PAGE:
Justice Department report directly contradicts the Attorney General's claims about the Patriot Act

trevor

Executive Director

In the midst of the last-minute Congressional debate about whether to re-authorize Patriot Act Section 215, the Justice Department Inspector General (IG) released a long awaited report today on how the FBI has used (and abused) Section 215 for the past few years. Unfortunately, the report is heavily redacted so the law's use remains largely shrouded in secrecy, but one passage in the IG report is particularly revealing: It directly contradicts what Attorney General Loretta Lynch said just today about Section 215’s supposed importance.

As ACLU's Jameel Jaffer pointed out, one of the IG report's main conclusions is that FBI “did not identify any major case developments that resulted from use of the records obtained in response to Section 215 orders.”

['"png;base641d716e2bff301b7d.png"']

Meanwhile, today Attorney General Loretta Lynch weighed in on the debate in Congress, claiming the exact opposite. She was quoted by CBS News as saying that if Patriot Act Section 215 expires: “[W]e lose important tools. I think that we lose the ability to intercept these communications, which have proven very important in cases that we have built in the past.” (emphasis mine)

So to sum up: the Justice Department’s own Inspector General said information collected under Section 215 did not lead to "any major case developments,” but the Attorney General said that Section 215 has “proven very important in cases that we have built.” Both statements cannot be true.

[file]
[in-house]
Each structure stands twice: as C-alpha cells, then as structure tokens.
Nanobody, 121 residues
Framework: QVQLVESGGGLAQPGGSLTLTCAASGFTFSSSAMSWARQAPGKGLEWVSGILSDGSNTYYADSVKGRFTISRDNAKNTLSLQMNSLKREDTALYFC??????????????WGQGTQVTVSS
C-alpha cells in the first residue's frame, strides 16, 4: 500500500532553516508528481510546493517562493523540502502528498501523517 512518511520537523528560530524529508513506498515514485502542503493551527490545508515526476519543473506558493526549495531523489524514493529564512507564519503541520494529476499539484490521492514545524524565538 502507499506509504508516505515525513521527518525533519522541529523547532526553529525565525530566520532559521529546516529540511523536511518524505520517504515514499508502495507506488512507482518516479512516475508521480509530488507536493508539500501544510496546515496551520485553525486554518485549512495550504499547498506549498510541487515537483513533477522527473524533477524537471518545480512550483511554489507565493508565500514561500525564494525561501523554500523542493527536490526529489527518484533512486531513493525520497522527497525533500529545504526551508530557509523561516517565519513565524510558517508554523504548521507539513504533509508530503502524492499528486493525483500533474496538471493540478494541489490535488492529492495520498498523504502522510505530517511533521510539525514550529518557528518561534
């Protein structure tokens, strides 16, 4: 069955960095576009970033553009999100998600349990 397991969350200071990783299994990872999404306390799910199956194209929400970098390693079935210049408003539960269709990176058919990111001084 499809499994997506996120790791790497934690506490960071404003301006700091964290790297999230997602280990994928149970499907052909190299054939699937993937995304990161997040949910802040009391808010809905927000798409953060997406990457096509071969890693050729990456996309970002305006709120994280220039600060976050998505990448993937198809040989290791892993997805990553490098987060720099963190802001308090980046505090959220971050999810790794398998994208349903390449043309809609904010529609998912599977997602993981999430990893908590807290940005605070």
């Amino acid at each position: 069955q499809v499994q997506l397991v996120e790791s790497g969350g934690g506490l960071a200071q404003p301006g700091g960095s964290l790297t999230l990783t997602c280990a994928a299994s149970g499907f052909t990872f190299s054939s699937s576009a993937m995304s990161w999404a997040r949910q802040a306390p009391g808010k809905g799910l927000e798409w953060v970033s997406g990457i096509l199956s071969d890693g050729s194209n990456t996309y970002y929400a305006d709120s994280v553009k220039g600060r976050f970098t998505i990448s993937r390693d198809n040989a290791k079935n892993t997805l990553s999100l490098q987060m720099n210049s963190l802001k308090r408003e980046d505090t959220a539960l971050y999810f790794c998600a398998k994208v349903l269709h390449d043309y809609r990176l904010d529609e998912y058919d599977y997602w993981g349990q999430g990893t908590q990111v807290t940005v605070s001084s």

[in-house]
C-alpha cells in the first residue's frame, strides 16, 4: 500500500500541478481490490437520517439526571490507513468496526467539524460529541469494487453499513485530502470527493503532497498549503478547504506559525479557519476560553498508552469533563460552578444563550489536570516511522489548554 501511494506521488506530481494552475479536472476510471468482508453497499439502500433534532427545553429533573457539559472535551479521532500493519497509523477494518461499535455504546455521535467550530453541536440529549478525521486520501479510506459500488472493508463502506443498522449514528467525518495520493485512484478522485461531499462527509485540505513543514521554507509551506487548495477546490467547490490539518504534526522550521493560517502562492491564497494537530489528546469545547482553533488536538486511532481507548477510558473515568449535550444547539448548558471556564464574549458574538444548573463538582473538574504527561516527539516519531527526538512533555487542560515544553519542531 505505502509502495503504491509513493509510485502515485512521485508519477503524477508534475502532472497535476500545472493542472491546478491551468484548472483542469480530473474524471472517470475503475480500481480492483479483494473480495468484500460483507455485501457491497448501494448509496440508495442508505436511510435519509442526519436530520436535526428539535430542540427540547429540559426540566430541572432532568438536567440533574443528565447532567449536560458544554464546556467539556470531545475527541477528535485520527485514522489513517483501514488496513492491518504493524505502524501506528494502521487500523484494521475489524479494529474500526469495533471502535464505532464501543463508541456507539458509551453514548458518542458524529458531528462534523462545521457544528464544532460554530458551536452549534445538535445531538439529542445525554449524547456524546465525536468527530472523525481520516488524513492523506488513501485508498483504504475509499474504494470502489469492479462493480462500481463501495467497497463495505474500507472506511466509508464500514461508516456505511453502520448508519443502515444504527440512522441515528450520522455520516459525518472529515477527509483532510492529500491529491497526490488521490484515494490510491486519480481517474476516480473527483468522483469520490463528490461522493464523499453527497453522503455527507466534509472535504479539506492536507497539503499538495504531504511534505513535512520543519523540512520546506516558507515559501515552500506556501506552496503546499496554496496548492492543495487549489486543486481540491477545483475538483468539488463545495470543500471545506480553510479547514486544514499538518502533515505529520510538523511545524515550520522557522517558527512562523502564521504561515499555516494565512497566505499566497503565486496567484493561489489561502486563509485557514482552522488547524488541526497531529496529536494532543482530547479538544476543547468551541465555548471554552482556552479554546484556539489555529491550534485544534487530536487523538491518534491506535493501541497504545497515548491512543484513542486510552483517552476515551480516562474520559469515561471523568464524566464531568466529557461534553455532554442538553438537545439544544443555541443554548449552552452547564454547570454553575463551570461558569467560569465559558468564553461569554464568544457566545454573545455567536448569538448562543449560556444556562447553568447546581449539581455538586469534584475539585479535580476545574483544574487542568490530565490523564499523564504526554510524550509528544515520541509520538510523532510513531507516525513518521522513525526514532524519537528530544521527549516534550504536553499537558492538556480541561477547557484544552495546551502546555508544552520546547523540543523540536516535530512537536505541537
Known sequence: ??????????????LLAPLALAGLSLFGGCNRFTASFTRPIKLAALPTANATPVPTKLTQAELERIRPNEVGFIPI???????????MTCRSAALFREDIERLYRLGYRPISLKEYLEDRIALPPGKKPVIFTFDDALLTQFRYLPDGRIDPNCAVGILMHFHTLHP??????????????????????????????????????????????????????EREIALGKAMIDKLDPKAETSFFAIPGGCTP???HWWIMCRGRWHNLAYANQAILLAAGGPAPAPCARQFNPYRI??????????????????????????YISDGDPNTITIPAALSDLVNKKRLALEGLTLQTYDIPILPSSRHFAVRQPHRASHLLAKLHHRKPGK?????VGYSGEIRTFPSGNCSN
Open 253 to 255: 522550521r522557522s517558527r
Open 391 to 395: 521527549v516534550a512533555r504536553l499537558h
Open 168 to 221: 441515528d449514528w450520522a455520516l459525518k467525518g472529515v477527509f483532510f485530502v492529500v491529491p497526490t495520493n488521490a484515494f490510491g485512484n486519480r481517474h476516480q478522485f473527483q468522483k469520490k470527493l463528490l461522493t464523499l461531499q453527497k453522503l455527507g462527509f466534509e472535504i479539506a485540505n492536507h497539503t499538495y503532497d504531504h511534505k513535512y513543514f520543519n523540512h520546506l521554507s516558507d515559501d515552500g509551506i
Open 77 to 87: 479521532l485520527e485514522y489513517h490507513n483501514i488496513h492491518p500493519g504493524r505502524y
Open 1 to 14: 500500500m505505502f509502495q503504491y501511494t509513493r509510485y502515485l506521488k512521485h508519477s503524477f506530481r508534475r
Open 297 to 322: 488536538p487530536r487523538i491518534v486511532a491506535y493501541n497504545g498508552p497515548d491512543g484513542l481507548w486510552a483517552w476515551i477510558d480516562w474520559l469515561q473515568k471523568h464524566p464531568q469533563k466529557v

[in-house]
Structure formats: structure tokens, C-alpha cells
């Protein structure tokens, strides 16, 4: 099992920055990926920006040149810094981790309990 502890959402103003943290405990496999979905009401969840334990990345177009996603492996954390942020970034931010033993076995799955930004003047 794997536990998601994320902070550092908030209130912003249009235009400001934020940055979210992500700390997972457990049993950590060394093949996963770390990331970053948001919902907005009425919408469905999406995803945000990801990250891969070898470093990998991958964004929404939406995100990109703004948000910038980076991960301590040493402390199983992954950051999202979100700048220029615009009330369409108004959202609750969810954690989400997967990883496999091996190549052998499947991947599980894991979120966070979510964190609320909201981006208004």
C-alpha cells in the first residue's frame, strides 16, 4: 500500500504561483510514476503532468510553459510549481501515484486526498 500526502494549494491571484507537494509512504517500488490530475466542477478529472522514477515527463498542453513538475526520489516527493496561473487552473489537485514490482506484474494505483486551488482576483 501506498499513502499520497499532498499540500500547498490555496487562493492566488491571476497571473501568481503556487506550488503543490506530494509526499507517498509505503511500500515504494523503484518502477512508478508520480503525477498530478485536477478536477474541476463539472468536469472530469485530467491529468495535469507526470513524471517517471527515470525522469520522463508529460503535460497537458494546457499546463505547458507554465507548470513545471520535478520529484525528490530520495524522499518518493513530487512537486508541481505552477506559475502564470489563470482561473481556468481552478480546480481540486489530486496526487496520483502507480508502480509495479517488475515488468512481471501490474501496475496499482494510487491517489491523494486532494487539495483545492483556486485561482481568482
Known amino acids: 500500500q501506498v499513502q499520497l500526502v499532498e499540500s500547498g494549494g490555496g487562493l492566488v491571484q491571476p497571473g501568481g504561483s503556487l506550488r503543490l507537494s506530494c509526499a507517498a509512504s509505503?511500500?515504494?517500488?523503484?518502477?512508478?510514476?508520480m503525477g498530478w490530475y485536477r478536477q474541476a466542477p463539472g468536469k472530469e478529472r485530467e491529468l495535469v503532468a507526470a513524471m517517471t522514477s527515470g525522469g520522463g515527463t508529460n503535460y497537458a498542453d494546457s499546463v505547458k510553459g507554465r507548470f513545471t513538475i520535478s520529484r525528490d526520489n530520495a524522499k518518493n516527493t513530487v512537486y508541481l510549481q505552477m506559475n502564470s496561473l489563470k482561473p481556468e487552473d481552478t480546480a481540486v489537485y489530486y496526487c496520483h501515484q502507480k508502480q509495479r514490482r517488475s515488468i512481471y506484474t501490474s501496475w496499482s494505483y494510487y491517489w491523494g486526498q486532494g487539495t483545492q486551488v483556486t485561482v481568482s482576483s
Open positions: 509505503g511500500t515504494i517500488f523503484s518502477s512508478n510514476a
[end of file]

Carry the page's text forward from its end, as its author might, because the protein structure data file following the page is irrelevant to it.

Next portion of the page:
It’s no wonder hardly anyone believes what government officials say about the alleged importance of the FBI or NSA’s mass surveillance programs anymore.  

Read more about Transparency

Leaked FBI documents reveal secret rules for spying on journalists with National Security Letters

Today, The Intercept published leaked documents that contain the FBI’s secret rules for targeting journalists and sources with National Security Letters (NSLs)—the controversial and unconstitutional warrantless tool the FBI uses ...

Dozens of news orgs demand DOJ release its secret rules for targeting journalists with National Security Letters

A coalition of thirty-seven of news organizations—including the New York Times, the Associated Press, NPR, USA Today, and Buzzfeed—filed a legal brief over the weekend in support of Freedom of ...

An independent journalist explains how the Freedom of Information Act is broken

There are many side effects to being stonewalled: disbelief, anger, disillusionment, and, of course, repeating yourself. I have experienced them all. Since early 2012, I’ve been trying to access evidence ...